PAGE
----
It is a cliche that we live in an exceptional country. Some activists even insist that a candidate who doesn’t salute “American exceptionalism” doesn’t deserve our votes.

People boasting of our exceptionalism are likely thinking about our personal freedom, winning the race to the moon, inventors, winning almost every war. And the like.

I am prouder that we are the world leader in quite a different exceptionalism. Diversity.

But there are competing trends in diversity. One is toward less diversity, the other toward more. Both tug at quite a few countries.

Quebec’s Francophones call us Anglophones “tetes carres,” or square heads. You know, we all look alike. But tetes carres who look exactly alike to Francophones battled among ourselves for centuries over the bleak turf of Ireland. Today, it’s over slightly more fertile ranges of Scotland.

While others may not be able to tell us apart, some Celts — I lean to the Gaelic pronunciation of Kelt — have been trying to narrow the circle. First, Ireland fought and finally won freedom from England. Except for the six counties of Ulster. In 2014, the Scots almost separated from the United Kingdom, and polls suggest that if that vote were taken again Scotland might hitch up its kilts and walk.


Just to complicate it a bit, the Scots are upset because in 2016 they voted to stay in the European Union while the rest of the UK voted to leave. So, Scots wanted more diversity in economic (and consequently in some cultural) matters while almost a majority of them wanted less diversity in the makeup of a separate nationality.

Go figure.

The go-it-alone trend is strong. Slavs left Czechoslovakia to form Slovakia, leaving the Czechs with the awkward name “the Czech Republic.” Somehow, Czechistan or Czechia just doesn’t ring right.

Yugoslavia split five ways after Marshal Tito died. The Balkans reverted to the status quo ante, or how it was before, and are now Bosnia, Croatia, Macedonia, Serbia and Montenegro, each based on ethnic traits. Croatians are mostly Catholic and use a Latin alphabet. Serbs are Eastern Orthodox and use a Cyrillic alphabet. The languages are essentially the same, so they can talk to one another, but they don’t often. Bosnians are mostly Muslim. And so on. Each now with her own. And no one else.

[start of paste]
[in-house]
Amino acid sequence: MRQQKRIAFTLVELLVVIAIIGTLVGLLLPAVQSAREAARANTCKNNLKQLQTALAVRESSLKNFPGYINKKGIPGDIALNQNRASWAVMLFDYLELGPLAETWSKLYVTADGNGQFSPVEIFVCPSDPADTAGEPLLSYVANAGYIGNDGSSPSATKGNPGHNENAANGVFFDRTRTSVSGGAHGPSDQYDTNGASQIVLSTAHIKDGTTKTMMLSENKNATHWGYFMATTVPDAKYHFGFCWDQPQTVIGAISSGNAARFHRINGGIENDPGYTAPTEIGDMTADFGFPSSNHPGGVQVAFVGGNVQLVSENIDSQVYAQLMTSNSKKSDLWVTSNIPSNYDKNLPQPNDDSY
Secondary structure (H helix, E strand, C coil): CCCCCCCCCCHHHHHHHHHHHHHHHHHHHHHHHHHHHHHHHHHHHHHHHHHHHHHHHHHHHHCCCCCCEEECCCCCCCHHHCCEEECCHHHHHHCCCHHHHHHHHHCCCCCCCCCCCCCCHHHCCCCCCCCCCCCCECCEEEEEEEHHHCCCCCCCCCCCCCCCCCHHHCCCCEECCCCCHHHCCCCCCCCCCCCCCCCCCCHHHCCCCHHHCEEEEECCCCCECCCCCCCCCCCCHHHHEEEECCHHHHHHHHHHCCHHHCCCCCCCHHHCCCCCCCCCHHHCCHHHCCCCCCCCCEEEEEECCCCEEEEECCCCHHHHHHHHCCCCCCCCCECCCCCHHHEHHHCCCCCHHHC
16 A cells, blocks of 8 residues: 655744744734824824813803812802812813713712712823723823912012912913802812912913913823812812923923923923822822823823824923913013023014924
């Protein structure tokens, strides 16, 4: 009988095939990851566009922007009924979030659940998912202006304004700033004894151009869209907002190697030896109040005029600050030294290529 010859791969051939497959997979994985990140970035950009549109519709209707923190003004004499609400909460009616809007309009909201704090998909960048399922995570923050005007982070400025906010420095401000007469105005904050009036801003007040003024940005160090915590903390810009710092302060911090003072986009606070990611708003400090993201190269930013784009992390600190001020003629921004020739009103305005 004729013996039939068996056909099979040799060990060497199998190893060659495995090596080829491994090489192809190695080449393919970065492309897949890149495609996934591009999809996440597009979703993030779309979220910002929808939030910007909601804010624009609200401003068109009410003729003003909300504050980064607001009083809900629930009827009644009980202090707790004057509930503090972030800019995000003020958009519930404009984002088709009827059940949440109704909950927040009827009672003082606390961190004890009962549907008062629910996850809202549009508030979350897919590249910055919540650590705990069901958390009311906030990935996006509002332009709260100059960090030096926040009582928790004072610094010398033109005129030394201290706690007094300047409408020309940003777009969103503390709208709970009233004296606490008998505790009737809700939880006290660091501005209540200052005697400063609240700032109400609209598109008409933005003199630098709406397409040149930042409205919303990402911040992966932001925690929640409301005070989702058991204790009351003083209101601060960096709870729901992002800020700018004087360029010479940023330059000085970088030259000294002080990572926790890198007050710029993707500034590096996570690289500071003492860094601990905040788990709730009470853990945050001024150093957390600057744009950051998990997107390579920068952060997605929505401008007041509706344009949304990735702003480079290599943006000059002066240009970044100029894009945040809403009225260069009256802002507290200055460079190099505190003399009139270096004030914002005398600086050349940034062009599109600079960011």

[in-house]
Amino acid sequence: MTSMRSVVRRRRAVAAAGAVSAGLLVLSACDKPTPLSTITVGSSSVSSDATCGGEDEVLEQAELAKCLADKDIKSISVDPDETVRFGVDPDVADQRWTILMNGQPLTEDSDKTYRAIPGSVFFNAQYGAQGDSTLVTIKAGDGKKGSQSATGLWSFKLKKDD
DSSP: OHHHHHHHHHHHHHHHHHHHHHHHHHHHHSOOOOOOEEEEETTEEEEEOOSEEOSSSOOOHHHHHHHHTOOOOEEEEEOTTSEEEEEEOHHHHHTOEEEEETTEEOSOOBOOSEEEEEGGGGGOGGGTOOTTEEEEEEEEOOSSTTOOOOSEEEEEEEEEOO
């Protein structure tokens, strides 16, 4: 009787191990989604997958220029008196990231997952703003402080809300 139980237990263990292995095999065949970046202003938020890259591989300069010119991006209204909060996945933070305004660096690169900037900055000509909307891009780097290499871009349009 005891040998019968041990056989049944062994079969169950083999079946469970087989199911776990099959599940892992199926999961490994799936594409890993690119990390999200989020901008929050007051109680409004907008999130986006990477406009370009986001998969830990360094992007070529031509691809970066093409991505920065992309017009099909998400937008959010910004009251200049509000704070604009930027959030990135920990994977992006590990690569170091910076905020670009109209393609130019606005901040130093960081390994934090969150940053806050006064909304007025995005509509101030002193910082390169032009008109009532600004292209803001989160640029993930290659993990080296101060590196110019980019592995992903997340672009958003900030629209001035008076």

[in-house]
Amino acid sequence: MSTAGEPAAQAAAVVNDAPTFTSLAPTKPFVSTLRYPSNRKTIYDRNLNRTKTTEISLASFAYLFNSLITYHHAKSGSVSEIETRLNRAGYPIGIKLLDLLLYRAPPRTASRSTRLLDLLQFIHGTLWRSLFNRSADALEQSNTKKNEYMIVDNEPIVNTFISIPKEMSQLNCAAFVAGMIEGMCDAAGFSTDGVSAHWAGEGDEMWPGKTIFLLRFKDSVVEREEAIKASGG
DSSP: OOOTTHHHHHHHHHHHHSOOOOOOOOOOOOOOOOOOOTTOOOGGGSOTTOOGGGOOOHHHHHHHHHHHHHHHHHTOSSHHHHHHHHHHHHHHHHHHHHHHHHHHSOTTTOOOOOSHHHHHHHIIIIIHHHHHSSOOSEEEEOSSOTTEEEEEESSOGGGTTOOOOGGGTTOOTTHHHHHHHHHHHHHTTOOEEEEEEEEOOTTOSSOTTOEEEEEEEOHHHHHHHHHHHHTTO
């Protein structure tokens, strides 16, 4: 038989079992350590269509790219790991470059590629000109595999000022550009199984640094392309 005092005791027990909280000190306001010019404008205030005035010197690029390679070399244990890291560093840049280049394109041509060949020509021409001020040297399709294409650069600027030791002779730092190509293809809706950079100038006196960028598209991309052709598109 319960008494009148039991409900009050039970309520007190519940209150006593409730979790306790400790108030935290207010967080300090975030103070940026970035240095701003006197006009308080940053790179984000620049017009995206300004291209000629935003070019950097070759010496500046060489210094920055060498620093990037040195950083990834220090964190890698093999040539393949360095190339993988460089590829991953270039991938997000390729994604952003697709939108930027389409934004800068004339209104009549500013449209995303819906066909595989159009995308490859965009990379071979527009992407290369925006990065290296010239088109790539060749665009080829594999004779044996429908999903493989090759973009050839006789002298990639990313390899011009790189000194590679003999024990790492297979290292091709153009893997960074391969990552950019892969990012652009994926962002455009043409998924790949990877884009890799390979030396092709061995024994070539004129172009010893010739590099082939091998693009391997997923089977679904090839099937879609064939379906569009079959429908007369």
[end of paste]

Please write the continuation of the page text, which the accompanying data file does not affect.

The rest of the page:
Today, we have the awful news of the army attacking Rohingya Muslims in Myanmar, which used to be Burma, trying to cleanse Myanmar of Islamic squatters. A militant band of Rohingya attacked an army post, and the army retaliated by killing nearly 1,000 and pushing 140,000 out of their villages. The Rohingya are squatters because under Burmese law they can’t be citizens, no matter how long they have been there.

On the other side of the coin, America is the shining star, even though we have a hard time living up to our ideals. No one else has matched the United States for diversity.


Even here in the Great White North. Few black or brown folks live in Maine, though that is changing, but we have diversity among white people. Around here, folks nod when you say “Finnish dairy farmer from Temple.” There may be no Finnish dairy farms left in Temple, but most of us know the history of that tucked-away town. Other Finns in Somerville and Monson.

Ed Muskie wasn’t the only Polish-American born in Rumford. And if you drive Route 108 toward Peru, you’ll pass Italian Hall. It wasn’t built for Yankees. Other Italians came to quarry granite in Jay. And Swedes to Aroostook. And Norwegians. And French, both Quebecois and Acadeinne. And more.

Contrast this with, say, Alabama, which has, at base, black Baptists and white Baptists.

Only Canada has made much attempt to match our exceptional diversity, and Canada has done it through immigration, since it had no history of importing millions against their will. Today, thanks to refugees fleeing Africa and the Middle East, Europe has an opportunity to join us in diversity. Nearly 3 million people in Germany speak Turkish. In addition to the Turks, hundreds of thousands of others have come in the past five years or so, Syrians, Afghans, Iraqis, Libyans. And more.

Sweden’s 10 million blue-eyed blonds are joined now by half a million folks of Muslim heritage. When did a brown guy last speak to you in Swedish? It can happen today.

Our diversity gives us huge advantages. You can brag about Edison while you munch a Reese’s peanut butter cup. Without diversity, would peanut butter have come to be? It was created by the black scientist George Washington Carver. Without diversity, would the artificial liver, Play Doh, the USB or the nectarine have come to be? All were created by Asian-Americans. Without diversity, would the car heater, the medical syringe, the fire escape or Monopoly have come to be? All were invented by women.

And our culture is richer than perhaps any other. Without diversity, where would Harry Belafonte have performed? Or Denzel Washington? Or Meryl Streep? Or Tommy Chong? Where would Alice Walker have written? Or Amy Tan? Or Salman Rushdie? This is our real strength. This makes America exceptional. Even with the other demands on them, black folks and Asian-Americans and women and everyone else have used personal freedom to advance our culture and our economy and technology.

I wouldn’t want it any other way.

Bob Neal of New Sharon is glad on these September mornings that his Nissan has a heater, that he was able to vaccinate his turkeys when he was farming and that he had a peanut butter sandwich for lunch on Monday. Vive exceptionalism!

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